• I’d never ask them that. A few have been fortunate to be raised with fluent speakers and I suppose the macron (long vowel length) is almost automatic, but most haven’t – most have been raised with te reo Māori as a second language and there are also many adult learners.

                  Why are macrons used in the Māori language?

                  It’s important to make a distinction between long and short vowel length. We believe macrons are the most efficient way to mark long vowel length and advocate the use of macrons in all but a few cases. It is sometimes argued that while the need to mark the distinction between some pairs of words is obvious ( tara / tāra, and keke / kēkē / kekē), and there is no reason to mark the long vowel length of the particles nga, na and mo. We believe there is no good reason not to mark the long vowel sound in such words. Macrons must reinforce a simple message for learners of Māori: “all macronised vowels are pronounced LONG”. Macronising all words means consistency for all Māori speakers.

                  http://www.tetaurawhiri.govt.nz/english/faq/lang.shtml

                  I’m simple enough to want to keep it simple.

                  • Ake Ake Ake

                    With spoken English, it might be the difference between saying John Key sleeps between the sheets, or between the shits.

          • marty mars 2.1.1.1.3

            sorry micky wasn’t meaning that – i have a bee in my bonnet about this at the moment – perhaps I’ll try to write a guestpost with easy ways to add macrons and thus ‘spell’ the words correctly.

            http://www.maoridictionary.co.nz/search?idiom=&phrase=&proverb=&loan=&keywords=maori&search=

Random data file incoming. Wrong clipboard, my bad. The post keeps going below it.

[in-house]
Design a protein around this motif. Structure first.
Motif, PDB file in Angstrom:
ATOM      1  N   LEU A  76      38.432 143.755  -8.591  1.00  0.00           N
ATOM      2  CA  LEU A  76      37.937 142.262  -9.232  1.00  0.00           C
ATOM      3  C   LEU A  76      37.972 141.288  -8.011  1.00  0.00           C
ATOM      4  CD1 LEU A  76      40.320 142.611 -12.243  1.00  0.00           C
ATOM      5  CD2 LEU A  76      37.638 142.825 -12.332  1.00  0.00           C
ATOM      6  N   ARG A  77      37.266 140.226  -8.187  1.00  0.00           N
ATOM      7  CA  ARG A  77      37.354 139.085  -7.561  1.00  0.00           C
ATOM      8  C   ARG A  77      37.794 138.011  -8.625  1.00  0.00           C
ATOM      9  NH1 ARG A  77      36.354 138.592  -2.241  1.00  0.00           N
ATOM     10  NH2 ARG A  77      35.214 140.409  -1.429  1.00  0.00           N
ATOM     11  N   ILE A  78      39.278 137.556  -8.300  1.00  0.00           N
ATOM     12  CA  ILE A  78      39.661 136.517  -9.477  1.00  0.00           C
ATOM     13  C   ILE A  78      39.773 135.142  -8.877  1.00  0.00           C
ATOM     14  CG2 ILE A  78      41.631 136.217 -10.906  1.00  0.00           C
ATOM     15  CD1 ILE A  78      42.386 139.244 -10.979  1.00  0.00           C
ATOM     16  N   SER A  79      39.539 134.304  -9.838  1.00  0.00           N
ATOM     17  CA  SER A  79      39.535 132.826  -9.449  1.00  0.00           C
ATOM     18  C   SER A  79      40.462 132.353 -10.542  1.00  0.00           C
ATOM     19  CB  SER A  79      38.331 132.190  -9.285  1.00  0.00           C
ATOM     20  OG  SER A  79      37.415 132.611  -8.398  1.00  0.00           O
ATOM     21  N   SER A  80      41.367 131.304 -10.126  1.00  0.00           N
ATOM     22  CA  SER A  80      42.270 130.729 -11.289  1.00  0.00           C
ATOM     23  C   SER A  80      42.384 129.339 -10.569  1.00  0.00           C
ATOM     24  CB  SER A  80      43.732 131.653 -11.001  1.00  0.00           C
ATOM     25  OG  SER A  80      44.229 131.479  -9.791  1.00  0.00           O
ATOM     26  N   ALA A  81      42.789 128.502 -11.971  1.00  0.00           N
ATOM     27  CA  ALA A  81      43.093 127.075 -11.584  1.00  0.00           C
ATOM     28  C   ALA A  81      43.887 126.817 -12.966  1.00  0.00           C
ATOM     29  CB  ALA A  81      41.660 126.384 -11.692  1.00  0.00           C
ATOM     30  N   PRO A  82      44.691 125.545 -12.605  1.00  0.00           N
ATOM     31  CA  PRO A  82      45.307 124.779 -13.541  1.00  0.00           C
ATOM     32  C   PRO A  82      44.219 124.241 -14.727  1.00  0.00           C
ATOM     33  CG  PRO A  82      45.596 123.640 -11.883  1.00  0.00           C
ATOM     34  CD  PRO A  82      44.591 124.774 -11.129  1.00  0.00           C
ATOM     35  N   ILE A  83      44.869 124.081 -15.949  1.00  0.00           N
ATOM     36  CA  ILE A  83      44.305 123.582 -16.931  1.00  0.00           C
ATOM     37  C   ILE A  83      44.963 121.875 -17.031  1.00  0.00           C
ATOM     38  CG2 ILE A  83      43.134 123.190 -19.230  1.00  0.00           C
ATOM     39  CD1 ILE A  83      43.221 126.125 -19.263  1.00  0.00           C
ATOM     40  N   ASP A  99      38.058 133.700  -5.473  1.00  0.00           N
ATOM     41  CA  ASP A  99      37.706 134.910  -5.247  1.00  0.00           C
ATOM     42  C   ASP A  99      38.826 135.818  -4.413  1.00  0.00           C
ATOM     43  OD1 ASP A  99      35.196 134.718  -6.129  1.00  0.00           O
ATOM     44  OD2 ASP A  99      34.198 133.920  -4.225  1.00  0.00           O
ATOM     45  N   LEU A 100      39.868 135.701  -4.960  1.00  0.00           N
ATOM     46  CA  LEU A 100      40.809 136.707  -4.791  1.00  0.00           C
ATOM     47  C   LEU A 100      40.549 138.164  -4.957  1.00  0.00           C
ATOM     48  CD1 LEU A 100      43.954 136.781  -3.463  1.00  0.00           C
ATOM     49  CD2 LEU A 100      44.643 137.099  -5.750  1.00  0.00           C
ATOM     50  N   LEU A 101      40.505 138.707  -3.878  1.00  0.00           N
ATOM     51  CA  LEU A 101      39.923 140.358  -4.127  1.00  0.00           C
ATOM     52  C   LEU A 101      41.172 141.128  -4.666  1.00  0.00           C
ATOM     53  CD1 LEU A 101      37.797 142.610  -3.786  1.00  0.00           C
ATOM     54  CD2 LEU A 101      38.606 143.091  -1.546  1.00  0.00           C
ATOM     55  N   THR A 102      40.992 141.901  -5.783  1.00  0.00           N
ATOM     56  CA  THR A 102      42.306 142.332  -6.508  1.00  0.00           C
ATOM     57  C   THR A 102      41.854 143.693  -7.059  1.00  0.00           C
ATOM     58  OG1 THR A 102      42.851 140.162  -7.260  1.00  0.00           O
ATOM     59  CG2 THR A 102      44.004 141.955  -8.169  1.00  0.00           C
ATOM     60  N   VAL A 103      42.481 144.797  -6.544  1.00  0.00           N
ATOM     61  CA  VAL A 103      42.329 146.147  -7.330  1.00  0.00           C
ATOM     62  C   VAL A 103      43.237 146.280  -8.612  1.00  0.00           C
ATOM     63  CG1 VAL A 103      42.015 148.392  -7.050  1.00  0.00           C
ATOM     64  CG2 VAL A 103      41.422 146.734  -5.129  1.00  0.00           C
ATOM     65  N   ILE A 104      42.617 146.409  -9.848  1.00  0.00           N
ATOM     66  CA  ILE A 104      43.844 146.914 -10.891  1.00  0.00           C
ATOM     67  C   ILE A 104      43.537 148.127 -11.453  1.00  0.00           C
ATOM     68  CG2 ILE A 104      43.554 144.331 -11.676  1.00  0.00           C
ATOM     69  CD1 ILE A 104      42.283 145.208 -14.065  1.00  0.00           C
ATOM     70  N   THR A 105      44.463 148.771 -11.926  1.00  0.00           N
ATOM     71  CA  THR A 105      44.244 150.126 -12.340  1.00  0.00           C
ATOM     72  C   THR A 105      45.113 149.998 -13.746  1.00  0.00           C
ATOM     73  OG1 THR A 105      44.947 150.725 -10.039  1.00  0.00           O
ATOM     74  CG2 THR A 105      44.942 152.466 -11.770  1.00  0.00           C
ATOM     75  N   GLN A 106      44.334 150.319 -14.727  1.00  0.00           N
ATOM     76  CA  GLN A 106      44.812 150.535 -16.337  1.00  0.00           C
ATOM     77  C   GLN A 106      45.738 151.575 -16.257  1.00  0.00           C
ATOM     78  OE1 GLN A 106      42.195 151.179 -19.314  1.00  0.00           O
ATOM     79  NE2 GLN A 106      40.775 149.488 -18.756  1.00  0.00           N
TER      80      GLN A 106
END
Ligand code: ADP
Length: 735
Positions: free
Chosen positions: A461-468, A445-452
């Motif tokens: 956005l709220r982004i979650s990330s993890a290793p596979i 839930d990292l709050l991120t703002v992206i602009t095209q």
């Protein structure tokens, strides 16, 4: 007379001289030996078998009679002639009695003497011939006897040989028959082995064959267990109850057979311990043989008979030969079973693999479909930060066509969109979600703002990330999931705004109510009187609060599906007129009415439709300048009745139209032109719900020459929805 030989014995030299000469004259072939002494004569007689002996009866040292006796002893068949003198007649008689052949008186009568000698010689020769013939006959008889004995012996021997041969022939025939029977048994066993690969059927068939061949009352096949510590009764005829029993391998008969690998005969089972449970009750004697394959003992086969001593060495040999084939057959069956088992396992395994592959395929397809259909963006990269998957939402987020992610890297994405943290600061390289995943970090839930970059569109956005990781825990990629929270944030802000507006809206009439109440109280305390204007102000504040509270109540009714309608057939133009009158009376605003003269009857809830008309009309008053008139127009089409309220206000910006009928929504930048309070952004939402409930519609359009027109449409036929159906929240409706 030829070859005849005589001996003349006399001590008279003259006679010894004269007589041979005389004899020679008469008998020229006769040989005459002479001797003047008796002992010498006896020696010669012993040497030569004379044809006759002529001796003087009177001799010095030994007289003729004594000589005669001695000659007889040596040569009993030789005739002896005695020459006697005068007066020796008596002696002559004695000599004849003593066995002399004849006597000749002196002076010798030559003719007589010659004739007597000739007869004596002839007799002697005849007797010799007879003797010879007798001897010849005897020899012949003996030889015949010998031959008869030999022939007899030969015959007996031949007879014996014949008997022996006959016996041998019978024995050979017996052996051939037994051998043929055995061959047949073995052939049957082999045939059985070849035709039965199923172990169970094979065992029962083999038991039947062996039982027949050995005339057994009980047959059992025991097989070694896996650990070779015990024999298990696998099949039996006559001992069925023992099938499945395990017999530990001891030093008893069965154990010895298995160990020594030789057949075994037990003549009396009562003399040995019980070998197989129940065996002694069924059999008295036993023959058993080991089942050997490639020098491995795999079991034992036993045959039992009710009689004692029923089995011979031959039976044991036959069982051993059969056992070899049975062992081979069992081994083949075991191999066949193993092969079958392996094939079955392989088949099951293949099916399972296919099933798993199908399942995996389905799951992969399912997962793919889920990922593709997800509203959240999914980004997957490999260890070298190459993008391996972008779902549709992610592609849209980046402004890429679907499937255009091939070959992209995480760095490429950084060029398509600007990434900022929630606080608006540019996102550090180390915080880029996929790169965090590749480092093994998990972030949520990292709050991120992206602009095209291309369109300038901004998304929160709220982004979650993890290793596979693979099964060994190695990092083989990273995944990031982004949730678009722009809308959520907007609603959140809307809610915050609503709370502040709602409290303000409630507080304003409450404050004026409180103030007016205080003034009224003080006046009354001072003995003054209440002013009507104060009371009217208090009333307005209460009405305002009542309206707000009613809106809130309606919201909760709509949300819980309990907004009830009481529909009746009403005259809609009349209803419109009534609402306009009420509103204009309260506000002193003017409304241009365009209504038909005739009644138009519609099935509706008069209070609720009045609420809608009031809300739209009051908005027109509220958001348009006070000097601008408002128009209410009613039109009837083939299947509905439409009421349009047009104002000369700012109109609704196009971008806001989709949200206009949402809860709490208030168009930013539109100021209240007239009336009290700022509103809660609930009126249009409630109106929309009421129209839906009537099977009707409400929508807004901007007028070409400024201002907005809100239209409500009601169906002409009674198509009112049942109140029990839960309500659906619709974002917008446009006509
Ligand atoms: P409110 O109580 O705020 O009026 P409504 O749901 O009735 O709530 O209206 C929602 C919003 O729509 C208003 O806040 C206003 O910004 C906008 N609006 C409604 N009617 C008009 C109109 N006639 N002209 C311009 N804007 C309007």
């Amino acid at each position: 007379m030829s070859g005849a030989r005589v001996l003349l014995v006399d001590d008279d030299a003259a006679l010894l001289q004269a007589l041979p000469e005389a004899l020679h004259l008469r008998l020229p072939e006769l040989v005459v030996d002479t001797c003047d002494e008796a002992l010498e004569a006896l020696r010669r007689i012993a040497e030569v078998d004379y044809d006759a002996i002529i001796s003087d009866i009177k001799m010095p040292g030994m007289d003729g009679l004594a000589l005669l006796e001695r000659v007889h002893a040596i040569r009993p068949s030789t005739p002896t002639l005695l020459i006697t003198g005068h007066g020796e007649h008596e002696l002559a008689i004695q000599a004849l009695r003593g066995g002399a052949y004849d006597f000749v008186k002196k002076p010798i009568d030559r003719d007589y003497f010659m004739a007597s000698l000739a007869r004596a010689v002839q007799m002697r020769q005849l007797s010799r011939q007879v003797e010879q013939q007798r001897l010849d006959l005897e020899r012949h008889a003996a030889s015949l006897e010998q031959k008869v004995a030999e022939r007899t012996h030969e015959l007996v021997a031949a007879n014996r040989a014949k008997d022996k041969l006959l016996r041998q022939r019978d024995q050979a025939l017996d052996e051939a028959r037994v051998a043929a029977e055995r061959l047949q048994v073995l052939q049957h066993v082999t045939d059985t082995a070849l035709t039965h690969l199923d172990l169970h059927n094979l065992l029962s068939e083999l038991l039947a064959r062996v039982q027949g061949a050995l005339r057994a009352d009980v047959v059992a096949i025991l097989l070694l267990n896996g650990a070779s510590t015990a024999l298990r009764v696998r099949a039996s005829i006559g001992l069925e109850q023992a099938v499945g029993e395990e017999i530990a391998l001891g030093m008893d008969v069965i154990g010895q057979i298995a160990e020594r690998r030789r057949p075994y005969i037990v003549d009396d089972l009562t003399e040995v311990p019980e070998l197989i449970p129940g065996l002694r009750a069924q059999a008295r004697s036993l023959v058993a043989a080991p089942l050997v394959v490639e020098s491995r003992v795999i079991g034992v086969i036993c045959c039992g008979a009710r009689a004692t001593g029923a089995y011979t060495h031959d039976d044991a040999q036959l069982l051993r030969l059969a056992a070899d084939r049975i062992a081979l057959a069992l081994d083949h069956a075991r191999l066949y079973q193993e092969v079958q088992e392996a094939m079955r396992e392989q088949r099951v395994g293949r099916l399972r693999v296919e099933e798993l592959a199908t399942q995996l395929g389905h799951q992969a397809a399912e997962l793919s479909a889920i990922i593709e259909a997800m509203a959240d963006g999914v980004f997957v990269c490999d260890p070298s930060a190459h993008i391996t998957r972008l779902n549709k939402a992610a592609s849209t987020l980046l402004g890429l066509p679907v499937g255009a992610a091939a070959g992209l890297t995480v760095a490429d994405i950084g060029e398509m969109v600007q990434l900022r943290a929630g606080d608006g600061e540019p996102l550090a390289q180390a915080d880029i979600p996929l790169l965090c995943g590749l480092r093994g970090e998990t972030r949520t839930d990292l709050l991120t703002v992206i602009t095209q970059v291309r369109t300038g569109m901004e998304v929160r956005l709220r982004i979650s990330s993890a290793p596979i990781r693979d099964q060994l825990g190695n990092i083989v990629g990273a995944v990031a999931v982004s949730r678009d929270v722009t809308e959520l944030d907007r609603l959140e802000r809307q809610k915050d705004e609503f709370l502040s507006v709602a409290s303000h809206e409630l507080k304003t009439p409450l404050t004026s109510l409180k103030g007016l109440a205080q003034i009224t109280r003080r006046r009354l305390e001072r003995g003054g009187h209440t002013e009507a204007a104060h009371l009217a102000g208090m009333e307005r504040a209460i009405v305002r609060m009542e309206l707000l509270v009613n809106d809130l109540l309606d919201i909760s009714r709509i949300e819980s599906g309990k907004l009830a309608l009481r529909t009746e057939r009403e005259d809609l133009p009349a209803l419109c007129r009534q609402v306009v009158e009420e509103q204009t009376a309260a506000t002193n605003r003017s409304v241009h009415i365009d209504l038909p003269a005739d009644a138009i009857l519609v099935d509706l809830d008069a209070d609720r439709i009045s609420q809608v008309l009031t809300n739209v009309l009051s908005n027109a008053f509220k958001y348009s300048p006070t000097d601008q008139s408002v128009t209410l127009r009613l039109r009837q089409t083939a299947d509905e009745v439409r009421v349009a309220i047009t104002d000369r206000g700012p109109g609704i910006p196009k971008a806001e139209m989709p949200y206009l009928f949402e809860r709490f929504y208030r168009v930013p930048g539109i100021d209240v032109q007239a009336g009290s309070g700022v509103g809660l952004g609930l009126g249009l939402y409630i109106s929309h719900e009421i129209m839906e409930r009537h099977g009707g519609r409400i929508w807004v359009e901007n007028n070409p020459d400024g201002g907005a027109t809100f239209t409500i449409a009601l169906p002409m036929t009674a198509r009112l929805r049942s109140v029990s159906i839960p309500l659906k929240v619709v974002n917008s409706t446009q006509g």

An example of the difference a macron makes

            kēkē

            1. (verb) to quack (as a duck).
            Kēkē kau ana te pārera (W 1971:112). / The duck quacks.

            2. (noun) armpit.
            Ka kowhera te uira i roto i ngā kēkē o Tāwhaki (NM 1928:45). / The lightening burst forth from inside the armpits of Tāwhaki.

            3. (noun) area under the wing of a bird at the place where the wing is attached to the body.
            Ko te pōhoi taringa nō te huruhuru maheni o te kēkē o te toroa (TTT 1/9/1924:s4). / The feather ornament for the ear is of smooth feathers from under the wing of the albatross.

            kekē

            1. (verb) to creak.

            keke

            1. (loan) (noun) cake.
            Ko tētehi o aua keke i waiho hei tukutuku ki ngā whanaunga, i ia wāhi, i ia wāhi o Aotearoa, o Te Waipounamu (TW 21/2/1876:72). / One of those cakes was left to be sent to relatives in each part of the North and South Islands.

            http://www.maoridictionary.co.nz/search?idiom=&phrase=&proverb=&loan=&keywords=keke&search=

            It is my stuff but as I say it is irritating that we cannot seem to give one of our official languages its ‘correct spelling’ when written.

            • weka 2.1.1.1.3.1

              I think it’s also about encouraging good pronunciation. If we take the time to use macrons, then we make more visible the differences in how words are spoken and the importance of saying them properly for good communication. That’s also about maintaining the language.

            • Zolan 2.1.1.1.3.2

              Technological obstacles and elitist attitudes will only discourage wider adoption. Macrons are useful as a guide, but harmful if obligatory.

              (Using a loan word as your example doesn’t really demonstrate much, either.)

      • weka 2.1.2

        Micky, have a look here for macron usage http://kupu.maori.nz/Show.aspx?page=10

        Also, online dictionaries for looking up which words need a macron. I find this one easiest http://www.maoridictionary.co.nz/

  3. Saarbo 3

    Native Affairs has always been NZ’s number 1 TV current affairs show….A must watch every Monday night.

    • bad12 3.1

      That’s true, and it is laughable for those dissing Maori TV for exposing the spending, the culture, and the cozy little lifetime sinecures arranged at the Kohanga Reo National Trust along with the ‘goings on’ with the Private Entity attached to the Trust on the basis of ”that is not the Maori way”,

      i would simply suggest that the cozy little Private Entity set up as an off-shoot of the Kohanga Reo trust itself that reports to no-one in the wider Kohanga Reo whanau is hardly the Maori way either, it looks to be more the work of the Pakeha Tax Lawyers who are famous for finding novel ways in making who should be accountable to the people unaccountable,